Explanation and advice needed on how to figure out taxes and withholding now that I'm married.
January 6, 2009 10:23 AM   Subscribe

Explanation and advice needed on how to figure out taxes and withholding now that I'm married.

I got married in August of 2008. For that year, I made about $25,000 while my husband made about $10,000. In a "normal" year, he will be making about $18,000, as he only worked about half of 2008.

I am a full-time student with yearly tuition of $12,000.

For most of 2008, we each had 1 allowance on our W-4s. We both were taxed as single until September, at which time I changed my W-4 to Married with 2 allowances, and my husband changed his to 2 allowances but was still being taxed as Single.

I have searched high and low for advice and information about taxes, refunds, withholding, and allowances for married couples who plan to file jointly, but nothing I've found agrees with anything else. Some say that you only need to worry about changing your allowances if you're below a certain income level. Others say the "marriage penalty" only exists if you have a six-figure income. I have also read that it's best for each person to just put a zero for their allowances so that the maximum is withheld and you avoid owing at tax time.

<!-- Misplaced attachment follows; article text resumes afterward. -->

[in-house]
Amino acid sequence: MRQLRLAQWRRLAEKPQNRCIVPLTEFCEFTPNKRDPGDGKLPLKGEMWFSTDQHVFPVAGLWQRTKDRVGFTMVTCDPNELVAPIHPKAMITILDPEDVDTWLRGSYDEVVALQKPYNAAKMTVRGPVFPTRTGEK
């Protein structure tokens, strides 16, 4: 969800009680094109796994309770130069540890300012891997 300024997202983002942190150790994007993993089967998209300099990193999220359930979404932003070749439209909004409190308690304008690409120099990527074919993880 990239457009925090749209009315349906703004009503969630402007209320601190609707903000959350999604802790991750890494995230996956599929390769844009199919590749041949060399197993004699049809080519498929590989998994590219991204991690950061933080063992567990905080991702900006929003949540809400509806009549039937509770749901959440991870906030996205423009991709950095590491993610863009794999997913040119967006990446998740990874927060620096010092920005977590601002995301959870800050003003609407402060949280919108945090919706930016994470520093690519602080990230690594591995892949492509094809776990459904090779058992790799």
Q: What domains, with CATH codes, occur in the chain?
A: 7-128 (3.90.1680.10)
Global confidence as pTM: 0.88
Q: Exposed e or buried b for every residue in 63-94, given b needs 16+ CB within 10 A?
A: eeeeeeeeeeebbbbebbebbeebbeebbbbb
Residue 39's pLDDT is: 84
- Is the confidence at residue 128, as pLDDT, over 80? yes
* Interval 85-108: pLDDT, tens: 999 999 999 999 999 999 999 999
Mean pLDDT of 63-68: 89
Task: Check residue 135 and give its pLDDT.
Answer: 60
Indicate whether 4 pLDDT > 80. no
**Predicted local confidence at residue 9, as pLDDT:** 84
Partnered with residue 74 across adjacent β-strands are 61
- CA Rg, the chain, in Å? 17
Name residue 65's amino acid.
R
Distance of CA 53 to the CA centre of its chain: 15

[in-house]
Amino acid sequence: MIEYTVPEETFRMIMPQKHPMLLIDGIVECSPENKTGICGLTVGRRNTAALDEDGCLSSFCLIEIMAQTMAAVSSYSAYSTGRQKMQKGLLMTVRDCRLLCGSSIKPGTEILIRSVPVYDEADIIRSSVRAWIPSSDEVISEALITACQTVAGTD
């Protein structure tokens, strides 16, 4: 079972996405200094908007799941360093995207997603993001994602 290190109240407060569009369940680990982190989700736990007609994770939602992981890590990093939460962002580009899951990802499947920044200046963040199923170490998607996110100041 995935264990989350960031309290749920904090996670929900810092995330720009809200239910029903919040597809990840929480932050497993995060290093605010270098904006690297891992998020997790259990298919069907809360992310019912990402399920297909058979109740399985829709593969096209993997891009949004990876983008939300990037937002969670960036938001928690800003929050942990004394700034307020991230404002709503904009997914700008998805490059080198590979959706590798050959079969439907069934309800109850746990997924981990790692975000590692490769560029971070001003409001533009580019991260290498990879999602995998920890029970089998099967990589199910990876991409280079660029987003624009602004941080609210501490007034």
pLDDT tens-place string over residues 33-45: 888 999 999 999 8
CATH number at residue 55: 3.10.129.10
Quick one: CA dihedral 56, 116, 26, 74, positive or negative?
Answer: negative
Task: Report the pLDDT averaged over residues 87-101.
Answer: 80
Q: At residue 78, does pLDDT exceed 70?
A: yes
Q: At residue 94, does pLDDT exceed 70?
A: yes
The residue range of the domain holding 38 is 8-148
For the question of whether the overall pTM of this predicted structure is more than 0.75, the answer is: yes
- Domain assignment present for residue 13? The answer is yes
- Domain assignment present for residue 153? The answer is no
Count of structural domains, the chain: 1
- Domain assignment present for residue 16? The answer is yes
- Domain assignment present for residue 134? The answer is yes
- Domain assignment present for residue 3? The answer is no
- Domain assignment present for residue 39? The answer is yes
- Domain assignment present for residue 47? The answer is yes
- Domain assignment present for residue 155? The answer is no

What can we expect this tax year, and should we change our withholding and/or allowances for 2009? If so, what to? Can anyone point me to sites, books, or other resources that have updated information on this sort of thing?

If it matters, in the past I have done my taxes online via TurboTax and have always gotten a refund.
posted by anonymous to Work & Money (7 answers total) 6 users marked this as a favorite
You need to see an accountant.
posted by charlesv at 10:57 AM on January 6, 2009 [2 favorites]

There is a worksheet on Page 2 of the W-4 for married working couples. If you've both already filled this out, and don't have the option of changing it with your employers, you definitely need to see an accountant. We were totally screwed by not understanding the special rules for working married people.

In the meantime, here's a PDF of the W-4 form, and the IRS should have their withholding calculator back online in a few days.
posted by bryanjbusch at 11:07 AM on January 6, 2009

I am not an accountant, tax lawyer, or tax professional. But it sounds to me like your salaries are low enough that the "marriage penalty" probably won't affect you. In addition, the Bush tax cuts rolled back or reduced the marriage penalty for many couples.